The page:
Also, see below for some other tips on how to slim down your favorite foods without sacrificing flavor:

Information on emergency birth control

Anita Tourigny, ARNP

Anita Tourigny, ARNP
Nurse Practitioner, Minor & James OB/GYN

Oops, the condom fell off or broke. Oops, you went away for the weekend and your birth control pills stayed home. In the past, women ran the risk of an unintended pregnancy when birth control was not used or failed.
 
Emergency birth control has been available for many years, starting with medicine approaches that were not approved by the Food and Drug Administration. In 1999, Plan B, levonorgestrel pills taken by mouth, was approved for use by prescription and in 2006 was approved without prescription for women 18 years old and over. It was approved for those 17 and older in 2009 without prescription. In late February, 2014, FDA approved over the counter sales of generic emergency contraceptives without proof of age.
 
Another  ...

How to get the most out of your OB/GYN appointment

Emma Grabinski
Unless you are having a baby, seeing an OB/GYN often makes women feel very nervous.  This can lead to forgetting questions, forgetting important information about your condition and leaving feeling dissatisfied.

In order to get the most out of your appointment here are some simple tips:

1. Come prepared!
  • Bring a list of your medications; this can help us be sure that anything we prescribe will be safe for you.  Your problem may also be related to your medication – for example, blood thinners can cause heavy periods.
  • Know your family history. Things that are important for OB/GYNs to know include family member with blood clots, recurrent (more than 3) miscarriages, family members with cancer of the breast, ovary, uterus or colon (bowel.)  It is also helpful to know the age they were diagnosed.
  • Bring a list of questions! The more you ask, the more you’ll know.  We want our patients to be well informed so that we can help you make the right treatment plan for you. Also, there may not be time to go over everything in one appointment so make sure you start with what is important to you.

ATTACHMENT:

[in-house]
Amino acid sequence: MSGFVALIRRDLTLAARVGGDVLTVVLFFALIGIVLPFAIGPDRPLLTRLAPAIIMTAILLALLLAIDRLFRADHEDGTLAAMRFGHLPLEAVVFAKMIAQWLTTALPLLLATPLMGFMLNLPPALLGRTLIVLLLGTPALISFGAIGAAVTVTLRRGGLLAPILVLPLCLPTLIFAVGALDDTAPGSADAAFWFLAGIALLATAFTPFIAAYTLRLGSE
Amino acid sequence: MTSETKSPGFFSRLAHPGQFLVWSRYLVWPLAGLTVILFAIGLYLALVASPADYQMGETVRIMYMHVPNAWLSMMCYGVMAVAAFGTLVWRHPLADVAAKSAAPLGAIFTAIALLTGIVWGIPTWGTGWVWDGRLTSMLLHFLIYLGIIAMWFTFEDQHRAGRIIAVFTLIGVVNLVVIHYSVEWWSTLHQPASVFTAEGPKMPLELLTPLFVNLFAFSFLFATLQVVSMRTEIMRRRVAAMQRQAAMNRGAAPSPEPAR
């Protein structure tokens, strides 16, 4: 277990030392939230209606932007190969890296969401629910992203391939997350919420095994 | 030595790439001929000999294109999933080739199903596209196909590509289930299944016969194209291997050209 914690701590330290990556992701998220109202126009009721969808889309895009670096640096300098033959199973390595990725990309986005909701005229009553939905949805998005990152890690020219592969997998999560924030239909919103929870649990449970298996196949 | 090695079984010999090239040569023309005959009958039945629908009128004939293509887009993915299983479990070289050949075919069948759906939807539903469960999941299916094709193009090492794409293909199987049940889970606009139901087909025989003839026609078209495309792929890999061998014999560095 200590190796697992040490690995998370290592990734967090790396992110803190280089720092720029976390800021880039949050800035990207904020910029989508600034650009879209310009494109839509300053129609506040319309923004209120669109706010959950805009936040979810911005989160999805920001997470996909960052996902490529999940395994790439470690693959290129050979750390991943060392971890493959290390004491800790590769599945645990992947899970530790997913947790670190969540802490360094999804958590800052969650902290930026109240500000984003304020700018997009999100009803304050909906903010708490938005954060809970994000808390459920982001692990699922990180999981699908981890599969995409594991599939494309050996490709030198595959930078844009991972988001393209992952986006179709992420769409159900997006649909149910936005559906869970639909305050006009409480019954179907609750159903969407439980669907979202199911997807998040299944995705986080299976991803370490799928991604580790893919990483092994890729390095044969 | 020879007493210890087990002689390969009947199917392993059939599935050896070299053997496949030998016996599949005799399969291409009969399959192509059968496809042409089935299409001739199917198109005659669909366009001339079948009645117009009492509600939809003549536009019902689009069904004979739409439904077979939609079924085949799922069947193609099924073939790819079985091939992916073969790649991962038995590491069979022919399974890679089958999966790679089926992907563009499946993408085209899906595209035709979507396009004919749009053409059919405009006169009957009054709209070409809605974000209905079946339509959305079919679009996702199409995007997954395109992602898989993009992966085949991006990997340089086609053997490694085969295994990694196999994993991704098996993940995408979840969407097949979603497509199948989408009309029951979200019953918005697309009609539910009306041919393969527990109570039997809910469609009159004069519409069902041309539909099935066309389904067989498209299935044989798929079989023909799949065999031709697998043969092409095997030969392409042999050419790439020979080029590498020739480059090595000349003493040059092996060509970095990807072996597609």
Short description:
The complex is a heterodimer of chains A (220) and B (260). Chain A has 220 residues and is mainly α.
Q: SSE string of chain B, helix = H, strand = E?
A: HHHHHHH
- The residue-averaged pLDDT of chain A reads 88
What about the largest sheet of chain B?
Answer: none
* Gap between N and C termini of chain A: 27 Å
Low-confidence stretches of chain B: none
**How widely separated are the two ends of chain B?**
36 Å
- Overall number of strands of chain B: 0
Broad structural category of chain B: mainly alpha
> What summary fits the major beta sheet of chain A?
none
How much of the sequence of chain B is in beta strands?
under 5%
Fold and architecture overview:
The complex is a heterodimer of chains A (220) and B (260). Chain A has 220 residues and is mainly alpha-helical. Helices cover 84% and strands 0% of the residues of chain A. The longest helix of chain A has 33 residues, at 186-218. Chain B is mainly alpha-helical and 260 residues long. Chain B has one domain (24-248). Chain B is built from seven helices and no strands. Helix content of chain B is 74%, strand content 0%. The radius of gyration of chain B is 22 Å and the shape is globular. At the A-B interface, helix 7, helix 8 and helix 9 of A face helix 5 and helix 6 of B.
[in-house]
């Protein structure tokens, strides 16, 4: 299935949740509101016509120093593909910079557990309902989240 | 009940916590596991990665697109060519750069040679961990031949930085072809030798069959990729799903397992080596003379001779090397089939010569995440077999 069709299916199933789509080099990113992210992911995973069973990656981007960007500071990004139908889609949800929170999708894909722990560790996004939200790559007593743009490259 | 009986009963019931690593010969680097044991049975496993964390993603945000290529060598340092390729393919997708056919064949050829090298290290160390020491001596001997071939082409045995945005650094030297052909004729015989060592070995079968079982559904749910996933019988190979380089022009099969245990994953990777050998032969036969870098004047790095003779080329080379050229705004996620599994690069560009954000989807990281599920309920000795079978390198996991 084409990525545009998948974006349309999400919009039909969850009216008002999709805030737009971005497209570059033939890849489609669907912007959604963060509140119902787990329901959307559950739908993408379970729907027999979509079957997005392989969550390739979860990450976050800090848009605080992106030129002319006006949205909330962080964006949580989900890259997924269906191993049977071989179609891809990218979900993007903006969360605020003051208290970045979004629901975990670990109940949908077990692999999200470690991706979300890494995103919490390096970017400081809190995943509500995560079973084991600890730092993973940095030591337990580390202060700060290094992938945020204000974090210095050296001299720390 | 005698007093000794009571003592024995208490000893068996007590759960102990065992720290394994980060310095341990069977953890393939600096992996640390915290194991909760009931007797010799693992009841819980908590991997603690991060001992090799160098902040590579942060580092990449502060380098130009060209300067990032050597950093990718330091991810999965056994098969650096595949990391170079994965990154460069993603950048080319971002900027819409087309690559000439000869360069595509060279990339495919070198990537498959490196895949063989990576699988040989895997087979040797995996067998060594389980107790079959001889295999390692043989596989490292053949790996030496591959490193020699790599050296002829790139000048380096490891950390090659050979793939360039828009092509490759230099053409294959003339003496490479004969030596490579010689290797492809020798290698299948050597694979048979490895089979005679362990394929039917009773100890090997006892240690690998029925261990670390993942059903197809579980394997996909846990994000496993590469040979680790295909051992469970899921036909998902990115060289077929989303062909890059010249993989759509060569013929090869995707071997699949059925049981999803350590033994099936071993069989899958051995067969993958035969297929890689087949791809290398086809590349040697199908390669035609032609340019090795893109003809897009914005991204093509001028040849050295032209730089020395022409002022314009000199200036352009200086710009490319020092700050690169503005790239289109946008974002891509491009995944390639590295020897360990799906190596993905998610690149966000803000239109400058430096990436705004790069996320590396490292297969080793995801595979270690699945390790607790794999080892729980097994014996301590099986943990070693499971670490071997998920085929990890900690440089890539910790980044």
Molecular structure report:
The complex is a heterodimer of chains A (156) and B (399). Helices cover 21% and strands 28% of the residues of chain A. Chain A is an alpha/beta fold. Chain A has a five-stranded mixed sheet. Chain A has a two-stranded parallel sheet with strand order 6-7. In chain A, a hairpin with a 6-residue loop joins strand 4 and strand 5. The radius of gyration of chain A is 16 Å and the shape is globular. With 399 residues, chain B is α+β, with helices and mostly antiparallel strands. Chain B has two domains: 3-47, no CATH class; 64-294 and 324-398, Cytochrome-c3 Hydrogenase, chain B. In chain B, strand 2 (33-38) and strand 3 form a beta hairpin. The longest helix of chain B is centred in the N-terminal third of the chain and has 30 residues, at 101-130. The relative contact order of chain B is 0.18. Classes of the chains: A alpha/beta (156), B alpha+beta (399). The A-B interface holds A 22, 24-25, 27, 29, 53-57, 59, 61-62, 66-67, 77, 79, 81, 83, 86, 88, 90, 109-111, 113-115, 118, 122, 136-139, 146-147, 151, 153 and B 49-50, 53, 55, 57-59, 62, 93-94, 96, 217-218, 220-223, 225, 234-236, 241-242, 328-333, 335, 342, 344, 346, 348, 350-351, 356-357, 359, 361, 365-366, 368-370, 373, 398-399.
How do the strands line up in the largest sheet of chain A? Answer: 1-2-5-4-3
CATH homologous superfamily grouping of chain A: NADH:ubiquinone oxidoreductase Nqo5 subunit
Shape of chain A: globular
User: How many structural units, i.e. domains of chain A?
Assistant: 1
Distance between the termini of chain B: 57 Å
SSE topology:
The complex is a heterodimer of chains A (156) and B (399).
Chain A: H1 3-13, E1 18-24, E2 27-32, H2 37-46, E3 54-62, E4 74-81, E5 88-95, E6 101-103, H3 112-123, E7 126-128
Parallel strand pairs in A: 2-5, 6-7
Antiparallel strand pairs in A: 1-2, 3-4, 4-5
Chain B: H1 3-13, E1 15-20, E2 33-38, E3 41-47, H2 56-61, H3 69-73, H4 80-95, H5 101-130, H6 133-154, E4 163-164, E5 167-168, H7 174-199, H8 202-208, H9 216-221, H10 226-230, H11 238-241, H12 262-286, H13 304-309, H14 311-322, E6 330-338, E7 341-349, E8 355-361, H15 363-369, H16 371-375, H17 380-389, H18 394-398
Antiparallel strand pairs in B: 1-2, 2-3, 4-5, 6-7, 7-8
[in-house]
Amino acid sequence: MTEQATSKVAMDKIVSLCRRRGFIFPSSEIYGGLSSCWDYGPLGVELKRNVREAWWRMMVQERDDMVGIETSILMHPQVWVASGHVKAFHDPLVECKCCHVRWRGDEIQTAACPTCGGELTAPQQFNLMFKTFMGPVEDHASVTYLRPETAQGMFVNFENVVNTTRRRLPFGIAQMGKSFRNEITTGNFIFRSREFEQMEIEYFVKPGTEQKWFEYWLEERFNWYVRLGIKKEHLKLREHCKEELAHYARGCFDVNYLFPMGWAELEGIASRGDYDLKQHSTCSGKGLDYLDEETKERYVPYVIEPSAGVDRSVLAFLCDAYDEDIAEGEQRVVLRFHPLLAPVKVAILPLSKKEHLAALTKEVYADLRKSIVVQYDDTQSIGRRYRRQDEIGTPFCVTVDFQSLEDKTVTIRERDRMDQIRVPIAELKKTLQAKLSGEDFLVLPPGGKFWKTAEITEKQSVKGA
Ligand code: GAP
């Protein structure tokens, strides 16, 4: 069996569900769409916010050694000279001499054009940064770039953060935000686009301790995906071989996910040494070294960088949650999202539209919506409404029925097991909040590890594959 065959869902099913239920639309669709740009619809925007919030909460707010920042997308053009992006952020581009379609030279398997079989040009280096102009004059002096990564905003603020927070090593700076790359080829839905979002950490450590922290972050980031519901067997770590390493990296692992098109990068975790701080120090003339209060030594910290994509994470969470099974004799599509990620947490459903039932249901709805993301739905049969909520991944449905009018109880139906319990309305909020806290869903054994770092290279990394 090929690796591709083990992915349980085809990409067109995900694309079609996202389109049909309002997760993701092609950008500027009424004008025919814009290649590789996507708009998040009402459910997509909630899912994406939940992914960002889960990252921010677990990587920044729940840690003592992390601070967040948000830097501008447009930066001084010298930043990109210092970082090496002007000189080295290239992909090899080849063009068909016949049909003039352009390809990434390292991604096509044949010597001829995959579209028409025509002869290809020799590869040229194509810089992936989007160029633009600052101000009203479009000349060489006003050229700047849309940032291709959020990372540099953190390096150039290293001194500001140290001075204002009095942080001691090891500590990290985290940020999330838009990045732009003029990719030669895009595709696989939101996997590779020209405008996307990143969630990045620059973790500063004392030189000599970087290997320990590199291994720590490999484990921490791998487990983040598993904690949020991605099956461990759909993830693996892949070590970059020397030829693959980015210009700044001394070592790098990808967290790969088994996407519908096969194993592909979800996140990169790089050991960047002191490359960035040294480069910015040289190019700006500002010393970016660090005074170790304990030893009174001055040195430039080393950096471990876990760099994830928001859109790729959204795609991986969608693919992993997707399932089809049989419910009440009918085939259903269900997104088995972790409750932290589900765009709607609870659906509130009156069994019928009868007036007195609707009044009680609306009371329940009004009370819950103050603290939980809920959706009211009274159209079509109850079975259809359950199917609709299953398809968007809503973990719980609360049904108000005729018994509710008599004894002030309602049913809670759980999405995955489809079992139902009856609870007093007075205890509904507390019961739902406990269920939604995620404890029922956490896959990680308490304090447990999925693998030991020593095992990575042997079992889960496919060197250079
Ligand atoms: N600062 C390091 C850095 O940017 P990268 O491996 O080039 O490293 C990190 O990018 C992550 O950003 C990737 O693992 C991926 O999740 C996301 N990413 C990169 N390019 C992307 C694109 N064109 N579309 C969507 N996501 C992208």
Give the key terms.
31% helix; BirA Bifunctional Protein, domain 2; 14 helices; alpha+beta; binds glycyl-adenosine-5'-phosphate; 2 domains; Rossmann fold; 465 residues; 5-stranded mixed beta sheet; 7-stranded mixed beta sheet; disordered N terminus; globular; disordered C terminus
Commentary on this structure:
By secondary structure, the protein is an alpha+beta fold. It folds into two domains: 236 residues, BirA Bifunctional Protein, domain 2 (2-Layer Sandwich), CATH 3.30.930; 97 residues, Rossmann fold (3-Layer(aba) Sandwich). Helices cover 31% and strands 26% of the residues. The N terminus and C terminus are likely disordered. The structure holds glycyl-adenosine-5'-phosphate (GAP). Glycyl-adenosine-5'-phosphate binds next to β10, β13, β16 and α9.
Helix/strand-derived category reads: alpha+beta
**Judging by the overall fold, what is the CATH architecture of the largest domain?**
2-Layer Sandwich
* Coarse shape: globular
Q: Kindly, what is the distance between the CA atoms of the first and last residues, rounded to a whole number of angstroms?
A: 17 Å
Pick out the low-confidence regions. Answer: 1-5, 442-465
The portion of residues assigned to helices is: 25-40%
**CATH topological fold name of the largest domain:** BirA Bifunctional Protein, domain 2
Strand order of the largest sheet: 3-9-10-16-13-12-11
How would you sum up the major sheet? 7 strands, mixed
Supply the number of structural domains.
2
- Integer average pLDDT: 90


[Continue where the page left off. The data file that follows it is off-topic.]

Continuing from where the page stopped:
2. Check your inhibitions at the door!
  • Trust me, we have seen and heard everything and there is very little than can shock us! It is important that you are open and honest so that we can make sure we understand exactly what is going on to come up with the right diagnosis. 
  • It is likely that ...

New nutrition labels, same healthy eating advice

Dinesh Thekke-Karumathil, MD

Dinesh Thekke-Karumathil, MD
Pediatric Hospitalist

We all know that as a nation, we are getting bigger and heavier. Worse still, our future - our children- are becoming obese and unhealthy at increasingly younger ages. For decades, the scourge of obesity was blamed on a high calorie, high fat diet. Turns out, we have probably been doing it wrong all these years and our bulging waistline attests to this colossal failure. Research and the medical community now have increasing evidence that the real villain of the story is a very sweet little molecule called fructose. Fructose is what gives us the sweetness in table sugar (sucrose)…also in brown sugar, honey, agave, and of course, high fructose corn syrup. Call it by any name, but sugars are dangerous to our health. Fructose is addictive, much in the same way as alcohol and illicit drugs are. In fact, sugar (fructose) metabolism closely replicates alcohol metabolism except for the acute effects on brain. Sugar has been likened to alcohol without the buzz!

You may already have heard about First Lady Michelle Obama’s work with the FDA which has led to newly proposed changes to nutrition labels on packaged foods. The amount of sugars, specifically, “added sugars” will be part of that new label. I am not implying that a zero added sugar diet will be the panacea for the pandemic of obesity and ill health. We still need to eat healthy and exercise right. There is no magic pill, no startling new advice. Remember what our grandmothers used to say: